My guess, for what it is worth (I was involved in similar negotiations myself on a number of occasions during my working life), is that the new Greek government wants to establish its credentials as a responsible administration by showing a willingness to consider different ways of addressing Greece’s problems. An important part of its audience, apart from the markets, is wider opinion. If it is successfully categorised as ‘a bunch of crazy lefties’ (which plenty are trying to do) then it will have far less leverage. I hope it works . Something needs to.

  18. mpr

    Completely disagree with this analysis. In fact I’ll go out on a limb and say that the Europeans (ECB, Germany etc) have already lost the negotiation at this point, and its only a question of making precise the terms of surrender.
    The masterstroke, was Varoufakis announcing they didn’t want the next tranche of the bailout, and would cease technical cooperation with the Troika. This puts the ball back in the European court.

    Yes, its true that in a narrow technical sense the ECB could force Greece from the Euro, but they would be loath to do so without a European political consensus to that effect. I think Draghi is on record saying as much. They won’t do it while negotiations among democratically elected governments are ongoing. That would be a crisis of legitimacy for the ECB. There is also the political cost of writing off a complete default in the event of a Grexit – for ECB, Germany and everyone else, and the turmoil this would cause in the rest of the financial system. They have fireproofed it to some extent, but there would still be significant costs. More generally a Grexit would call into question the whole idea a united Europe.

    On the flip side, while Grexit would be painful for Greece, it has to be weighed against a permanent depression.
    So Syriza can credibly play chicken. Varoufakis knows the ins and outs of the monetary system in Europe, and he knows where the exploitable political pressure points are. As long as he doesn’t insist on something which makes the Germans really resign themselves to a Grexit (thats presumably why he dropped the idea of outright write downs) and gives them some politically palatable way out, he knows they’ll take it.

    1. Yves Smith Post author

      You missed that:

      1. Greece will still need a bailout by June. It can’t pay maturing debt then and will default if it does not have a deal. So refusing a deal is not an option. Varoufakis has at most 4+ months. This not needing money is true only in the short term. Greece has said it will not default so it needs to come to terms with the Troika.

      2. The ECB holds the trump card in terms of access to the ELA. The governing board will most certainly approve the Greek central bank’s request to provide ELA funds to Greek banks on Wednesday, but it may impose conditions, like moving the “you must have a deal” date up by making continued access to the ELA contingent on having a new deal in place. Shortening Varoufakis’ window to try to muster support in the rest of the Eurozone would make his already low-odds battle well nigh impossible.

      Varoufakis can get an extension of debt maturities and a reduction in interest rates. Pretty much everyone expected a deal like that regardless of what posture the winner of the Greek election took. It is getting much more than that that is in serious doubt. All Varoufakis has to offer is the Syriza commitment to crack down on the oligarchs and reform the tax system. The more enlightened bureaucrats really want to see that, but how much they are prepared to trade to get that is yet to be determined.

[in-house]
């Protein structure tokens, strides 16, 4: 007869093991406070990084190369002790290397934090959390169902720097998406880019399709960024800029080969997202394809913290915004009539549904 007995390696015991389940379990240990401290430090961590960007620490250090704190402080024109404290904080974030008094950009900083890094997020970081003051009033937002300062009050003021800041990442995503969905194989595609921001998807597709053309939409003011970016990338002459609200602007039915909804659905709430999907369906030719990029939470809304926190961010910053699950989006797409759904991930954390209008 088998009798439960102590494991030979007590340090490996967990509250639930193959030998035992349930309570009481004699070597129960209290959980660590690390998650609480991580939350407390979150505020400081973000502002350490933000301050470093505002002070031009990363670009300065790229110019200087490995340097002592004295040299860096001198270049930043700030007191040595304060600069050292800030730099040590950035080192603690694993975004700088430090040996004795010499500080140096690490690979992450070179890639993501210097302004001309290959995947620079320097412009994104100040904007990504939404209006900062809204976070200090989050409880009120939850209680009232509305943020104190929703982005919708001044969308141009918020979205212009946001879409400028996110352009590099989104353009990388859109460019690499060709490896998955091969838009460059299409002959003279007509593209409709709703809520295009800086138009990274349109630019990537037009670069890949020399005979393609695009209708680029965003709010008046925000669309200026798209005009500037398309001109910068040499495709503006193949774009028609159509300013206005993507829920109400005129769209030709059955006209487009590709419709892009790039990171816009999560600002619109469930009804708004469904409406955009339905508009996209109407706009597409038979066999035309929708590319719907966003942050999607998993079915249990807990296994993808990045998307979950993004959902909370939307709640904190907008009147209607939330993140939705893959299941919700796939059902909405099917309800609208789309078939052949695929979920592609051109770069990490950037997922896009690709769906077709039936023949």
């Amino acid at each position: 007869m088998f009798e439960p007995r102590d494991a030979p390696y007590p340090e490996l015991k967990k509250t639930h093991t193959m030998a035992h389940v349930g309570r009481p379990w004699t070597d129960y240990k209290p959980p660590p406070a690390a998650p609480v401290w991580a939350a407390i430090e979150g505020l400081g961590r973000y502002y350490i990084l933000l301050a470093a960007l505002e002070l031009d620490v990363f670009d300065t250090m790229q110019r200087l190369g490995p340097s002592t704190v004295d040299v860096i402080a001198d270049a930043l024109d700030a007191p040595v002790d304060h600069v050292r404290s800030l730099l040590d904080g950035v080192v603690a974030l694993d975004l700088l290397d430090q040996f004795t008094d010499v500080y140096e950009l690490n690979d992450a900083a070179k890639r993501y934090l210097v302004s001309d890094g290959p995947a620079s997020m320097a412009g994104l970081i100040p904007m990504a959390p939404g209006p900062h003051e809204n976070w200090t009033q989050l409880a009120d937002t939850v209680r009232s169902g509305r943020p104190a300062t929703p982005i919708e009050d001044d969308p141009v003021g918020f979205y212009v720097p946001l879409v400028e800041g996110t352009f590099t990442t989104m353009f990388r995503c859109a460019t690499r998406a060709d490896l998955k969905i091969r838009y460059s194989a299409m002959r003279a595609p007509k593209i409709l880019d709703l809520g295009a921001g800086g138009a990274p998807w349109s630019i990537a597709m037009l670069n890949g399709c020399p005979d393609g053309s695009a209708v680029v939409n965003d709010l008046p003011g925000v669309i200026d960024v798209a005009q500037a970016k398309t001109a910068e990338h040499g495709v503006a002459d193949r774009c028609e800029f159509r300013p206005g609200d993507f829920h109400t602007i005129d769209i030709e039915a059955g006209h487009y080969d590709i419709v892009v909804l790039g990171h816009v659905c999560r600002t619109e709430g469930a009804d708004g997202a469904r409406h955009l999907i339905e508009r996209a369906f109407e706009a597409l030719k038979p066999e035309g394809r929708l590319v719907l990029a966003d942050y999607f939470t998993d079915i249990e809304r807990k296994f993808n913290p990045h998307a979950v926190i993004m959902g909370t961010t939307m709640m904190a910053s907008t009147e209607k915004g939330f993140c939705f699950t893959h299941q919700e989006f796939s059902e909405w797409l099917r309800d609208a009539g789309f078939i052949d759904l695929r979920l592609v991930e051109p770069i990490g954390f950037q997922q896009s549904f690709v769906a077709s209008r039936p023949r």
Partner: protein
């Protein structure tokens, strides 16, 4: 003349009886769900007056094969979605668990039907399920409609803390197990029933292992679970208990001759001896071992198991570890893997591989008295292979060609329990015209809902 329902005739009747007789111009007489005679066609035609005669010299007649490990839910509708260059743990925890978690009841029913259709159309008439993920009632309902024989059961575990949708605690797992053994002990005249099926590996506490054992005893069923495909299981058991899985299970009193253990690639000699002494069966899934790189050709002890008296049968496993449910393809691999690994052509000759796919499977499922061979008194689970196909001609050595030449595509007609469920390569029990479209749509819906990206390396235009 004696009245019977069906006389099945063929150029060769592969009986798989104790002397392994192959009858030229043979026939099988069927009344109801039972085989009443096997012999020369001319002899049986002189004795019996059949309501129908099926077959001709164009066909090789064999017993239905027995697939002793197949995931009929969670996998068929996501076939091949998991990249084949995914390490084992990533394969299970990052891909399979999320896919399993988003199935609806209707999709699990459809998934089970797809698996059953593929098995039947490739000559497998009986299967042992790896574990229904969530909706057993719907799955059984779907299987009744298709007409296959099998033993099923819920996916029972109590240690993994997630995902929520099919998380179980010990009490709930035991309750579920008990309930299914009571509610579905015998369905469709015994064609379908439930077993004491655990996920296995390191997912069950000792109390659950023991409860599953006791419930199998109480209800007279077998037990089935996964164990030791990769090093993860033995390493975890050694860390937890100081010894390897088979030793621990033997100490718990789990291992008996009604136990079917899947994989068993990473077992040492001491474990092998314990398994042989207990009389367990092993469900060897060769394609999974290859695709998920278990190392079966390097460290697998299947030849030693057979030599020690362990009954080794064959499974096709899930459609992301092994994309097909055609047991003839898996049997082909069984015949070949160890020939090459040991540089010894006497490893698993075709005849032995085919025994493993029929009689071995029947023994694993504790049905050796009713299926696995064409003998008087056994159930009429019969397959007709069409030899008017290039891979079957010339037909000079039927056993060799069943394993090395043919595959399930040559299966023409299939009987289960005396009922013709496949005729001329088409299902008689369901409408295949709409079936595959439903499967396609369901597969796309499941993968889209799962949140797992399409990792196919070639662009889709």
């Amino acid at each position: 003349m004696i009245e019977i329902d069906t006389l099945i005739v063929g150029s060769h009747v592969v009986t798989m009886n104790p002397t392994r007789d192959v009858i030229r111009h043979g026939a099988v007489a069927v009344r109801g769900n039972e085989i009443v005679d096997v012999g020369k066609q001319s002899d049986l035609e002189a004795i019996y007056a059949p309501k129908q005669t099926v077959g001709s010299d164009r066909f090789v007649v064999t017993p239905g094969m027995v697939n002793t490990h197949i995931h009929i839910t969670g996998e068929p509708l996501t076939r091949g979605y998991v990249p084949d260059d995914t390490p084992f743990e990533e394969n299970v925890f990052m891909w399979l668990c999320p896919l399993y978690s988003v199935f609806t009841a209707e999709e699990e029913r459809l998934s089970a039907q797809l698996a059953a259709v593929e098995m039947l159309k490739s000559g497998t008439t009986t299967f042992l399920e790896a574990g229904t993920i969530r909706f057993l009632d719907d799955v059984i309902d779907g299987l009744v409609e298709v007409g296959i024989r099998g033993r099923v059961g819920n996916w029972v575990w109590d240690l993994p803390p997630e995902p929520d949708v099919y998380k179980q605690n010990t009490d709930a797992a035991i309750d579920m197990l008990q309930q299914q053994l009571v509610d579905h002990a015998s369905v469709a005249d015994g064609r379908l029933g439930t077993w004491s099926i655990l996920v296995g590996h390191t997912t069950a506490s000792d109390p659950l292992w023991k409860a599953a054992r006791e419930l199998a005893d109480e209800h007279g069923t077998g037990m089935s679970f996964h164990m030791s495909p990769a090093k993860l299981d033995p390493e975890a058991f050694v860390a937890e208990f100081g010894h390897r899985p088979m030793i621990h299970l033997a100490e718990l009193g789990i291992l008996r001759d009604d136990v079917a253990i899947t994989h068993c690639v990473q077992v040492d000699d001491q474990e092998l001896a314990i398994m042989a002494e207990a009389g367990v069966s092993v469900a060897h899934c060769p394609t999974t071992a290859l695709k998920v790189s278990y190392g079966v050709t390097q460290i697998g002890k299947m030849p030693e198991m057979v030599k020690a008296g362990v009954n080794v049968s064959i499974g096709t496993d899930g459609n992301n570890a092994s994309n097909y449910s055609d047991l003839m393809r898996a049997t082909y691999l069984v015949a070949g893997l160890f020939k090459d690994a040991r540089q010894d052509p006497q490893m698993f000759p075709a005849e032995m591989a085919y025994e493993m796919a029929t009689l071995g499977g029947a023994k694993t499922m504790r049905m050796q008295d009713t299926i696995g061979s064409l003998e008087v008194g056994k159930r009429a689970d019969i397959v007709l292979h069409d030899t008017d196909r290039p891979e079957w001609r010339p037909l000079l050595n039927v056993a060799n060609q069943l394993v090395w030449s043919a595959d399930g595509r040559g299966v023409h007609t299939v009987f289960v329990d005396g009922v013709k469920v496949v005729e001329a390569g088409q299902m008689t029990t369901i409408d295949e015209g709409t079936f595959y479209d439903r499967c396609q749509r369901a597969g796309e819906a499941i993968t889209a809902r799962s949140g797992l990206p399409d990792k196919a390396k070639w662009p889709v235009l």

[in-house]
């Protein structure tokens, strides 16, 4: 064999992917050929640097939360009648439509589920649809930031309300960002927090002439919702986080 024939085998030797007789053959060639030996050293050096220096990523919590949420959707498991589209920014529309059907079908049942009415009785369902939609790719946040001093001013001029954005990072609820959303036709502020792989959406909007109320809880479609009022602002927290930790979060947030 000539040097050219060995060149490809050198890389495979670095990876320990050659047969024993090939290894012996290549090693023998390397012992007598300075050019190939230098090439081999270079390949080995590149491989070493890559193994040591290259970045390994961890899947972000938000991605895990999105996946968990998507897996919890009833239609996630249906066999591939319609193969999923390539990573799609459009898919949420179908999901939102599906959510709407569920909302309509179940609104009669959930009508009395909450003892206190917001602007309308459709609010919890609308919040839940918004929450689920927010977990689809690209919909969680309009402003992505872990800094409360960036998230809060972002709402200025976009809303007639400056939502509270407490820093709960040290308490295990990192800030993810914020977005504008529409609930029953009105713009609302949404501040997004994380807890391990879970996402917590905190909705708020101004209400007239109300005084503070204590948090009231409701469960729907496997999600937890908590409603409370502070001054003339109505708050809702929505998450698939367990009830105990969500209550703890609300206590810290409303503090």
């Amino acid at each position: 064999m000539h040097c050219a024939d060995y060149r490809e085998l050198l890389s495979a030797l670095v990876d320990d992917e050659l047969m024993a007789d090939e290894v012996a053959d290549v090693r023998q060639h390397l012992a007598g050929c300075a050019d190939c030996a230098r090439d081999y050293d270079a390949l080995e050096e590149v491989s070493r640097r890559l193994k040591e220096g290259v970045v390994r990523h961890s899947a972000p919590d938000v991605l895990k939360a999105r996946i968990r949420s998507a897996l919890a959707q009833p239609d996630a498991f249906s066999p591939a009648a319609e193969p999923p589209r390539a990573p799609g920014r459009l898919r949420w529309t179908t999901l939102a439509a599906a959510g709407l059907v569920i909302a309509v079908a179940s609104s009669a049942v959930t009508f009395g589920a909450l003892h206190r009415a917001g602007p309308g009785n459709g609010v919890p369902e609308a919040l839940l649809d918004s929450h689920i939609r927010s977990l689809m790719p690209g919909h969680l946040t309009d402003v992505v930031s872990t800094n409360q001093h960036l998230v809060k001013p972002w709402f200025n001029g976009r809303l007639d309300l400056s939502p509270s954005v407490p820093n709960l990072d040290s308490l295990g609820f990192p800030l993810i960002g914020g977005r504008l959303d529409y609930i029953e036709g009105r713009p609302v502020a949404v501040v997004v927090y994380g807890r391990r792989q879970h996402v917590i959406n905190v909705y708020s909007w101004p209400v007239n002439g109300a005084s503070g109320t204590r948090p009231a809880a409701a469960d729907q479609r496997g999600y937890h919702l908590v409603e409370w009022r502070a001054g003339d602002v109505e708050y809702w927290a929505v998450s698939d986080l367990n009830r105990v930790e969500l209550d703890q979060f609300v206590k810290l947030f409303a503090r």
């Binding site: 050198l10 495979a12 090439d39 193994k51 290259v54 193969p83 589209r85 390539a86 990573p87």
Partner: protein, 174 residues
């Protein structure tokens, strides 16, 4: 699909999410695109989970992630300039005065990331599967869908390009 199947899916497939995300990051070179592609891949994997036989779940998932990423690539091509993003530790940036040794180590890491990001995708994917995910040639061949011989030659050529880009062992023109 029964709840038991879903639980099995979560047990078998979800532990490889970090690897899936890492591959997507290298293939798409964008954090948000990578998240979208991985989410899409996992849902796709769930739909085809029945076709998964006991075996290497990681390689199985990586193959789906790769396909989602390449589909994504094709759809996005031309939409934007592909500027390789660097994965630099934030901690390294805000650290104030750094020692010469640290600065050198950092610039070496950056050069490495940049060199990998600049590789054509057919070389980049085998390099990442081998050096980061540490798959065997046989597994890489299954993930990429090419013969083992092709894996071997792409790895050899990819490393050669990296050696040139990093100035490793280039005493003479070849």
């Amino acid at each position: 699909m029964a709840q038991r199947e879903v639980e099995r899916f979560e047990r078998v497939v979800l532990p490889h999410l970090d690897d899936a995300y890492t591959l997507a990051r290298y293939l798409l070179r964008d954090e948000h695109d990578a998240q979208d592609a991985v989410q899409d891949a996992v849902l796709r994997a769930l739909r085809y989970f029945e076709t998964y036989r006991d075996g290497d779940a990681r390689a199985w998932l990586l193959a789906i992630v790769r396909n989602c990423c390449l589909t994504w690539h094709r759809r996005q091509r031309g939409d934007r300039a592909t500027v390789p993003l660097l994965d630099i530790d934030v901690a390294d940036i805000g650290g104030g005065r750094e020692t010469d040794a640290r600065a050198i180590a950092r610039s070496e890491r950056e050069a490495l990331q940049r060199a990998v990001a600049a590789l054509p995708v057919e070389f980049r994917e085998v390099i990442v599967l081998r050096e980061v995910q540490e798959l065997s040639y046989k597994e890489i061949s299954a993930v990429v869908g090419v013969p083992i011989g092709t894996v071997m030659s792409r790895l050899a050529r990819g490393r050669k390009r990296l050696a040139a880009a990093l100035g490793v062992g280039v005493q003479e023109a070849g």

1. mpr

        “Greece has said it will not default so it needs to come to terms with the Troika.”
        Of course Greece is making positive noises about working with their “European partners”, and that they are sure everyone will work together. That puts more pressure on the Europeans, not to be unreasonable. They don’t threaten outright default, but its naive to think that this means its off the table as a – possibly implicit – threat. Everyone understands that is what the alternative is. Indeed the positions Varoufakis is taking – refusing the next tranche of funding, and to cooperate with theTroika clearly amounts to that threat.

        As for 2), you’re again confusing what technically vs. politically possible. The ECB can impose whatever conditions it wants. Greece might not meet the conditions while continuing to negotiate “with their European partners”. Is the ECB going to pull the plug in such a scenario ? No, they are not.

        “Varoufakis can get an extension of debt maturities and a reduction in interest rates”
        As you well know, depending on the maturity and interest rate this can be as good as any write down.

  19. Brooklin Bridge

    I’m still running XP and my next stop will be some flavor of Unix or Lennix. In the meantime, just installed latest version of Firefox. What a mistake. That may be why i have a comment intended for this NC thread that was just eaten (twice), not even put in moderation.

    The install put Norton Virus (anti virus my foot) all over the place and Yahoo threads are choking the system. Getting rid of them as fast as I can track them down. Ugg!

    It’s slowed my machine down to just above a crawl. Essence of crapification for (their) fun and bucks.

    1. Brooklin Bridge

      Lennix Linux. Don’t know why I can’t get that misspelling out of my head, maybe it’s too close to Linus or something.